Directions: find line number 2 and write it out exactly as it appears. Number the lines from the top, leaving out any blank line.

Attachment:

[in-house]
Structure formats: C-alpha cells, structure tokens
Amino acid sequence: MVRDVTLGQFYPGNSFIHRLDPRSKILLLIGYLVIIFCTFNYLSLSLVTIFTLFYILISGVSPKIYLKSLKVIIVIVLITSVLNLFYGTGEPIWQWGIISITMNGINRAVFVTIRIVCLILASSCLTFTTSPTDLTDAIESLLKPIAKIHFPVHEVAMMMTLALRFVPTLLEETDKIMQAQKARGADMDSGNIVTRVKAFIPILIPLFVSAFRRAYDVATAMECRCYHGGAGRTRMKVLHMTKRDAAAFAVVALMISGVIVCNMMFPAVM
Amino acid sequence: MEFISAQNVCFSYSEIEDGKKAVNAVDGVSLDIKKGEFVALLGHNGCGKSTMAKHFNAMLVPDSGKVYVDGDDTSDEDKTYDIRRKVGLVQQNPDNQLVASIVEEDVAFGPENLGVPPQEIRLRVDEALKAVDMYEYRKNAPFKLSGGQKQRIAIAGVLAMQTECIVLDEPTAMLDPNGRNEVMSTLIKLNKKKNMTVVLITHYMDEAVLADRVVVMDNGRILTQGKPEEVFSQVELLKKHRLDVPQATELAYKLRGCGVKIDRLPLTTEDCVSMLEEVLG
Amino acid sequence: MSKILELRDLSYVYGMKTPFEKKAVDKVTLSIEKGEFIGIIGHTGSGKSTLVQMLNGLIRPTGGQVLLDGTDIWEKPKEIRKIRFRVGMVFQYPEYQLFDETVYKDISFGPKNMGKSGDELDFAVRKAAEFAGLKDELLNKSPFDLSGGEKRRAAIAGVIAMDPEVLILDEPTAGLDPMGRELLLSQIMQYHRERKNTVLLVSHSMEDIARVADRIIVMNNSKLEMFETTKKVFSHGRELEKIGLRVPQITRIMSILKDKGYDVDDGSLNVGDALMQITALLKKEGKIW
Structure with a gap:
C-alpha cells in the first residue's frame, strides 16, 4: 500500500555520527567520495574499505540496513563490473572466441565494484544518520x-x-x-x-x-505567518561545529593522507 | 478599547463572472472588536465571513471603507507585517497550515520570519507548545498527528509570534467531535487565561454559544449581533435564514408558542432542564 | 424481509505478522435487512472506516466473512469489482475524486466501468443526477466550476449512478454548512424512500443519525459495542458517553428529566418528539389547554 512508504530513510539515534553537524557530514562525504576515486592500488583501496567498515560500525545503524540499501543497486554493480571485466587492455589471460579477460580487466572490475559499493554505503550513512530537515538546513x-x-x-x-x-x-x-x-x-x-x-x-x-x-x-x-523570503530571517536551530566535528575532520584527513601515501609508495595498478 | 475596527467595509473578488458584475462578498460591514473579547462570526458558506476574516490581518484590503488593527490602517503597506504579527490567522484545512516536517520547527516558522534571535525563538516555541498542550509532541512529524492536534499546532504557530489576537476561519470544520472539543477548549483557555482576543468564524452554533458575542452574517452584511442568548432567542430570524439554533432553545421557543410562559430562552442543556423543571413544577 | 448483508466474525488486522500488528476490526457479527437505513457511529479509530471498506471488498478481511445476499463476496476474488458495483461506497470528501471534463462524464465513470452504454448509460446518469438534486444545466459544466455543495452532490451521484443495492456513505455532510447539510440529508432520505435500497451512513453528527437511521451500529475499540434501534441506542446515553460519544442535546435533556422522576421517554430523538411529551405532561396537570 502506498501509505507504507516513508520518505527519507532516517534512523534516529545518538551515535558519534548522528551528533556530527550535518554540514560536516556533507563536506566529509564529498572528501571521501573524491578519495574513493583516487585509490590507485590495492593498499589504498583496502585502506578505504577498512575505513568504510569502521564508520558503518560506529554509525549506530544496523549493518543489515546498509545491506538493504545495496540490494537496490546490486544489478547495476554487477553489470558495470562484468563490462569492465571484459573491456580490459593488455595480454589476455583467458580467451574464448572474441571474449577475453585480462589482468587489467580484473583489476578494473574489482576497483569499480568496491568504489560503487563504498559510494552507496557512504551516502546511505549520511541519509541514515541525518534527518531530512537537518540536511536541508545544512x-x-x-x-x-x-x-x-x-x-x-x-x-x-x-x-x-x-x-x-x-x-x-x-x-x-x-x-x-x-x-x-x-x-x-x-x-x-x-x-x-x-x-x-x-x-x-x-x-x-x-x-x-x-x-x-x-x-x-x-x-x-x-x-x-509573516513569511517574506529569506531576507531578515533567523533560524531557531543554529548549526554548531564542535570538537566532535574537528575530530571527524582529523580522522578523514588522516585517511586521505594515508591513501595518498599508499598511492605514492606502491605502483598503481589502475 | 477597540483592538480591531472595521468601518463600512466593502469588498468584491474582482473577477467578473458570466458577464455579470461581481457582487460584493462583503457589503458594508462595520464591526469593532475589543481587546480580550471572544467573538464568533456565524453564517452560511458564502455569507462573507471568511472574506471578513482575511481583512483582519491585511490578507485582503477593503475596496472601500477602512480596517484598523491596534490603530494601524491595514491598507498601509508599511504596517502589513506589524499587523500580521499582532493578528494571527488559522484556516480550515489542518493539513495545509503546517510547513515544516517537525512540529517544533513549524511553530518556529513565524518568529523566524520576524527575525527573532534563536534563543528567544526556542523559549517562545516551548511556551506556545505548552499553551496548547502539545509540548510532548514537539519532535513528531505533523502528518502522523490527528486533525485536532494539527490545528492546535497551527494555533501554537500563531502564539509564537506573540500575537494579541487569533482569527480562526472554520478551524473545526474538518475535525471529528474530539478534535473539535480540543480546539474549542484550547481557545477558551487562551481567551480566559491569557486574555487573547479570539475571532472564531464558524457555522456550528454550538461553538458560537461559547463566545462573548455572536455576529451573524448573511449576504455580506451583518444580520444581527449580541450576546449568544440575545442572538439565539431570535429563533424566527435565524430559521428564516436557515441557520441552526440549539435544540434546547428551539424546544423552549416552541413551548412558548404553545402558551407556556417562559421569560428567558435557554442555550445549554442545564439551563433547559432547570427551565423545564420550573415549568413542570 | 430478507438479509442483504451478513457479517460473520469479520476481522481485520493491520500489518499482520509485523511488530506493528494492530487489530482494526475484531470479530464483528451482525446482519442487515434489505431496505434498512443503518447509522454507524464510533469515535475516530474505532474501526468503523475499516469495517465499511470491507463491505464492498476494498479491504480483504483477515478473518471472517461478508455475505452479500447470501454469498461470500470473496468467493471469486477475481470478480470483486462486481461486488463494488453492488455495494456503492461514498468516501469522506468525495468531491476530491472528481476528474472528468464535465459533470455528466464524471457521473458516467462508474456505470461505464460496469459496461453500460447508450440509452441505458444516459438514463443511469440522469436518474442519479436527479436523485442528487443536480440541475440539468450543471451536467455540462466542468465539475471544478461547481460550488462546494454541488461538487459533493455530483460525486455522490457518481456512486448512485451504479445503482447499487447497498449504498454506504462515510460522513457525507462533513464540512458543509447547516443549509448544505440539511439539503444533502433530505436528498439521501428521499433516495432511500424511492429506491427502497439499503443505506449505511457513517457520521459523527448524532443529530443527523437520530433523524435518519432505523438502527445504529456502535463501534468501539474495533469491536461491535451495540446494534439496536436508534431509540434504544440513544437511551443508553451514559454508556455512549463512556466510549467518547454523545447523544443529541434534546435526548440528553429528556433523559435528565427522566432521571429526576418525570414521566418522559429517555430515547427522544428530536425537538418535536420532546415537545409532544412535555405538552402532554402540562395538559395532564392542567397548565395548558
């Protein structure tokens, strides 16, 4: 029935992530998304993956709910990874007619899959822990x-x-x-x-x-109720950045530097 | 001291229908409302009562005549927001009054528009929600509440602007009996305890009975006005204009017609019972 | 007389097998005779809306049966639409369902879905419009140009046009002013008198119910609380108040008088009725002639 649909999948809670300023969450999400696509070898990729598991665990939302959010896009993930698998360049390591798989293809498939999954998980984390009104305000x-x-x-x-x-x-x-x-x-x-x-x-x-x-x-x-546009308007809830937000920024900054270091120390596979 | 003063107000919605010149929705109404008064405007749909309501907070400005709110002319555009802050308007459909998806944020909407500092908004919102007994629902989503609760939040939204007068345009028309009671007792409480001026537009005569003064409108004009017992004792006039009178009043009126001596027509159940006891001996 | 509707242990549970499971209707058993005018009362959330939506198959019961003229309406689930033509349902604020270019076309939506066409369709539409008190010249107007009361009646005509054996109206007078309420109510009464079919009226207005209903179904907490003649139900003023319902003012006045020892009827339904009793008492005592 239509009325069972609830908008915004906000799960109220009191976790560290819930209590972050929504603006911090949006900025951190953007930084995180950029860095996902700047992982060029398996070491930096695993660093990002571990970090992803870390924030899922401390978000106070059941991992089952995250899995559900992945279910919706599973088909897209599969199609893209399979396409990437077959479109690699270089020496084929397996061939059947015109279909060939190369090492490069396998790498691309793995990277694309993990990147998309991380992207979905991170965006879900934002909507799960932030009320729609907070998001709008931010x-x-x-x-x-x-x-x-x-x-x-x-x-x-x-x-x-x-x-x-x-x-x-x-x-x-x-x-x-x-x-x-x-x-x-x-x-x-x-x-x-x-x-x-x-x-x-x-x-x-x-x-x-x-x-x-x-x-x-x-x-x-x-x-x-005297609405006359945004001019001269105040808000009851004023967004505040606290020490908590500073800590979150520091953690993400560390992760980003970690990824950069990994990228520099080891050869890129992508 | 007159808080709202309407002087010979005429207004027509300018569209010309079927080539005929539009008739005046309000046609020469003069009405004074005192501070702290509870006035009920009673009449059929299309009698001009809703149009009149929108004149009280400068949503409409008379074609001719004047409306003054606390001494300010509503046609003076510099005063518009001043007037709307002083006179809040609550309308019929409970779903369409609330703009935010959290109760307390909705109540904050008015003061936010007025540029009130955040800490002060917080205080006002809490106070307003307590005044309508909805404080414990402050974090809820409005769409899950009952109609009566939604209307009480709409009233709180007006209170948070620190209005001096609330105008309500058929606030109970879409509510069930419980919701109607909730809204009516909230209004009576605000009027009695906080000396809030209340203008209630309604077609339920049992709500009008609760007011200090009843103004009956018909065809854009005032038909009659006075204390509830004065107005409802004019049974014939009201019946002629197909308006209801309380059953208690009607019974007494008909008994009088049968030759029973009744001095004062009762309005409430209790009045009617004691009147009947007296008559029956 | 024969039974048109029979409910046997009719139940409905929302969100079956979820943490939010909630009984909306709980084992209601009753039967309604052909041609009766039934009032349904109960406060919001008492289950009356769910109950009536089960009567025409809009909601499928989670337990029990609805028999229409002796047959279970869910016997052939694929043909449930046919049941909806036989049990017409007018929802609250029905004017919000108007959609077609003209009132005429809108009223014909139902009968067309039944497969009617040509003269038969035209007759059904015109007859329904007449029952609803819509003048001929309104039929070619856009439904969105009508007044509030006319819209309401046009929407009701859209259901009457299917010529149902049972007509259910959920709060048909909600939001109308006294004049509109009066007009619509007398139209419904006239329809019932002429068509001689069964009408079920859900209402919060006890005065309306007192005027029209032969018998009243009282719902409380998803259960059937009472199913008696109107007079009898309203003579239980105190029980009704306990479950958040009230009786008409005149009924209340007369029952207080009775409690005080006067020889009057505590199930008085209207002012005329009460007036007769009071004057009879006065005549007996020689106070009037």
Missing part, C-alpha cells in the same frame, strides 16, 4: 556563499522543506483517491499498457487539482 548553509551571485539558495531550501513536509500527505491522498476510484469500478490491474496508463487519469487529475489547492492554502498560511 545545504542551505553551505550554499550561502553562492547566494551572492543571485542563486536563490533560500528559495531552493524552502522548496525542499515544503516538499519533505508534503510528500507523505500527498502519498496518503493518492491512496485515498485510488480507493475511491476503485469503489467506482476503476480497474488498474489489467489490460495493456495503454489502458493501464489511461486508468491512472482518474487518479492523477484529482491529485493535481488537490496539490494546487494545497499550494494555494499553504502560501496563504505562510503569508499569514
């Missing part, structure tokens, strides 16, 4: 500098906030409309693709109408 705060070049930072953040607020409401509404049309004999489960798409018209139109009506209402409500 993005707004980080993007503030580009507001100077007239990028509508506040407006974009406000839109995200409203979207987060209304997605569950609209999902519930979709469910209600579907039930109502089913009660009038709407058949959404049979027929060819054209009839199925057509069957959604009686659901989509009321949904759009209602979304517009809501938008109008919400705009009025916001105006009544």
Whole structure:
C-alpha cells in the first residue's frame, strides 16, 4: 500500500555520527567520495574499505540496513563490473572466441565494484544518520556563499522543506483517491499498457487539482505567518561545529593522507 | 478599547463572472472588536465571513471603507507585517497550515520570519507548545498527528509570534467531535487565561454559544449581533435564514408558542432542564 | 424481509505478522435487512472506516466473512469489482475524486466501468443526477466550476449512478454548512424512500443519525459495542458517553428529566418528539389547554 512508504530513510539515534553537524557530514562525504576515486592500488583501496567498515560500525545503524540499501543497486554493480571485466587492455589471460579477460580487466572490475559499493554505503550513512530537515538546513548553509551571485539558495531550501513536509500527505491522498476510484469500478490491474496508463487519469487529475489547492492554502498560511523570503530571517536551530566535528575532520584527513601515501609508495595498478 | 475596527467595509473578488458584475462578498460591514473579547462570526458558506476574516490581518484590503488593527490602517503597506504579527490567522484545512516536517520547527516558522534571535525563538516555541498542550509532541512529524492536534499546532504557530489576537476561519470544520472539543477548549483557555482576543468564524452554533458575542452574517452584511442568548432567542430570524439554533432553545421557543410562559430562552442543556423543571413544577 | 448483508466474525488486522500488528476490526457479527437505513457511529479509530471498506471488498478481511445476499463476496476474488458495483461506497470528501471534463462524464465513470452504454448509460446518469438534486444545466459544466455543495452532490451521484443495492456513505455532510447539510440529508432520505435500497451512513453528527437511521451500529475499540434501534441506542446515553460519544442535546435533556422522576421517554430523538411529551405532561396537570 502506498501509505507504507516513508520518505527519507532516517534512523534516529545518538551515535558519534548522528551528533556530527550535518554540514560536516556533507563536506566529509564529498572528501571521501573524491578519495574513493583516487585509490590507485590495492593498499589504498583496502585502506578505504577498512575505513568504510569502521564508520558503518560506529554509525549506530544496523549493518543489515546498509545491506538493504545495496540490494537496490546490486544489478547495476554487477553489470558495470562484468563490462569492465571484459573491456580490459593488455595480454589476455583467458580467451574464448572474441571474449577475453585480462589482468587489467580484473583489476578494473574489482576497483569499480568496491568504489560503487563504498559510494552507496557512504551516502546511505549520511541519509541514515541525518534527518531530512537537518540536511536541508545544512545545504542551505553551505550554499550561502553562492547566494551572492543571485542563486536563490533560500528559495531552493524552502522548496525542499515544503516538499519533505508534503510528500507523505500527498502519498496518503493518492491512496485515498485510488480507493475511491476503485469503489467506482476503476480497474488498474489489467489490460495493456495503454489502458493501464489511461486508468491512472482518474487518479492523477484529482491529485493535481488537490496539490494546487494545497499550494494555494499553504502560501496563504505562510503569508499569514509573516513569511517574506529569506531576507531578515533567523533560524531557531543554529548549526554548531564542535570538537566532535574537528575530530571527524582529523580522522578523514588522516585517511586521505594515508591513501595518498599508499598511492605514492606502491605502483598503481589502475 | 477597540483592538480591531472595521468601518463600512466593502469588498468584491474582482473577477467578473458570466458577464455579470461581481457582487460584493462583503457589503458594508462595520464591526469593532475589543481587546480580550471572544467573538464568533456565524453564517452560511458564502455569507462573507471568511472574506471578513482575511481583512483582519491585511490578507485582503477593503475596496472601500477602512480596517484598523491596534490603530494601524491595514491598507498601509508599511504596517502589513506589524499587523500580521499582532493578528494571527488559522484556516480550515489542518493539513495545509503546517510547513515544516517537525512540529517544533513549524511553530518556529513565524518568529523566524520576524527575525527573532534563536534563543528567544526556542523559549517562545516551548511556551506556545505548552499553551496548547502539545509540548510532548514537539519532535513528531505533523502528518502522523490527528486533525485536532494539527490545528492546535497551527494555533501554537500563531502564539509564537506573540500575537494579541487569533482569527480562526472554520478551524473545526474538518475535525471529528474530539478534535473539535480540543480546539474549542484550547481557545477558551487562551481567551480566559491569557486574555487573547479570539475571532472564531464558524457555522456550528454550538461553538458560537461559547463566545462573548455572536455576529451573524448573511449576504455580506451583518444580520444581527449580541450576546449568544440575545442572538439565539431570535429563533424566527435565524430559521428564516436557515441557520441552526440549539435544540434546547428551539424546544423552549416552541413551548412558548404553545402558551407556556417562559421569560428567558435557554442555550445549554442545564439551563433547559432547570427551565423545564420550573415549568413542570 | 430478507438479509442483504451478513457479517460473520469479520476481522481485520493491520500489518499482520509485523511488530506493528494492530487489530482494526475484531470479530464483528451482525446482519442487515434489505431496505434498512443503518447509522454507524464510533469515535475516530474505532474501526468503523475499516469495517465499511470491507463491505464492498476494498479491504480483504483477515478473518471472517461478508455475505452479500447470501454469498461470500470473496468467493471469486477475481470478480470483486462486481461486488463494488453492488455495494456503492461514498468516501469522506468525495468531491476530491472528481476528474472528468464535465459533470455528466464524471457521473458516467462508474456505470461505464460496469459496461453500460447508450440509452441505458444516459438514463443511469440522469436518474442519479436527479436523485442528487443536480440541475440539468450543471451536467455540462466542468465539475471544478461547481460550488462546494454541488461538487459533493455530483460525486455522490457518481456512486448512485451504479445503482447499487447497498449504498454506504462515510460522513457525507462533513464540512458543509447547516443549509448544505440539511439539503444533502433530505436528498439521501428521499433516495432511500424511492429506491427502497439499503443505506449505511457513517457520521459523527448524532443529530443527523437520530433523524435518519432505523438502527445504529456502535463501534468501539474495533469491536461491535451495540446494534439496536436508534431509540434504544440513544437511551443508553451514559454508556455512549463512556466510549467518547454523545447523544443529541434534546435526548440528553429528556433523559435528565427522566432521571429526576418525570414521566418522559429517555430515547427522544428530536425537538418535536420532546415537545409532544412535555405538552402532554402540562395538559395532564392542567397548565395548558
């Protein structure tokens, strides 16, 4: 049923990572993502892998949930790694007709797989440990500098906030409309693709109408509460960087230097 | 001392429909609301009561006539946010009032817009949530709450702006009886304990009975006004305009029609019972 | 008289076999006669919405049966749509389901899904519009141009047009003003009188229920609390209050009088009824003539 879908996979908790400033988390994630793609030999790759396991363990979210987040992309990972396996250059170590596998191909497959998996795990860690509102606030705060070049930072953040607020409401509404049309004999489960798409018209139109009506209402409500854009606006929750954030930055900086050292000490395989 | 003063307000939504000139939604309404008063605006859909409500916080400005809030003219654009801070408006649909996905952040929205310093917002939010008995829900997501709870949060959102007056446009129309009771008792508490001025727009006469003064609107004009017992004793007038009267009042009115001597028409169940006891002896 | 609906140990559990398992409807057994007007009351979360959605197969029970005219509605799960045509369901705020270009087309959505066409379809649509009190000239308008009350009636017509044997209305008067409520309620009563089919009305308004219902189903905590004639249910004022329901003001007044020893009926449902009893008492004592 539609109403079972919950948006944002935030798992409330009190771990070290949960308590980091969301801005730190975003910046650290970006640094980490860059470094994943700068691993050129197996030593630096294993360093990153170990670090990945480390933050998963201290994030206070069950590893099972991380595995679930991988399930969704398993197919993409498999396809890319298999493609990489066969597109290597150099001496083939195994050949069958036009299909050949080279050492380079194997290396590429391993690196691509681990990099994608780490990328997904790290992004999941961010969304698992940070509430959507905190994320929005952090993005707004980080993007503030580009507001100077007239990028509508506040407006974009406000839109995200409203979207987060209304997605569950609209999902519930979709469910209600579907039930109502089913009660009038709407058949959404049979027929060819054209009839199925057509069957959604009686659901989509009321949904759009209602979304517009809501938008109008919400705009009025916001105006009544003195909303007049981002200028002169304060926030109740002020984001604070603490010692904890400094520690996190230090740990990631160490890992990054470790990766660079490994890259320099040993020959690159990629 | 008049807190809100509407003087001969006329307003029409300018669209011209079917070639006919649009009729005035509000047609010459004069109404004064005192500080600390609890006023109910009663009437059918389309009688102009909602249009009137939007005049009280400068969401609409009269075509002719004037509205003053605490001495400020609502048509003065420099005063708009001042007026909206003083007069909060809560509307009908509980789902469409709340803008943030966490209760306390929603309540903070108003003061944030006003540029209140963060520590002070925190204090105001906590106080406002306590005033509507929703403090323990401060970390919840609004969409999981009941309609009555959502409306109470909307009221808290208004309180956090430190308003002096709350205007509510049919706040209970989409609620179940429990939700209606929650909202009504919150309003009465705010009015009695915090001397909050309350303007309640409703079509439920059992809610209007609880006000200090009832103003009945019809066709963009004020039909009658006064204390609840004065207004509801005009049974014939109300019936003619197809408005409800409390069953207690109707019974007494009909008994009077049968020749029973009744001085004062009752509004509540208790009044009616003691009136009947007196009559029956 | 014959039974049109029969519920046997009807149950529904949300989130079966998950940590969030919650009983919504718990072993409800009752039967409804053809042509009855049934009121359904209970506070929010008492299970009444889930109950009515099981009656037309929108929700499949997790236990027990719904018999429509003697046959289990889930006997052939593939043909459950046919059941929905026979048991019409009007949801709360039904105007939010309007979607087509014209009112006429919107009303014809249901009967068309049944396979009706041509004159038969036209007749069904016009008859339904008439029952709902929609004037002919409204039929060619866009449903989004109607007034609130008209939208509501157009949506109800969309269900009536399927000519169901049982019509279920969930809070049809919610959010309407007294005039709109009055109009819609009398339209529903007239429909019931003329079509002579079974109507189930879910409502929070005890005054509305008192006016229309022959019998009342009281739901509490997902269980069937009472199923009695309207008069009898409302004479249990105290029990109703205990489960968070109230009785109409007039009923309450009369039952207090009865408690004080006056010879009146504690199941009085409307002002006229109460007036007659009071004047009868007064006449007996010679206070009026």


Structure formats: C-alpha cells, structure tokens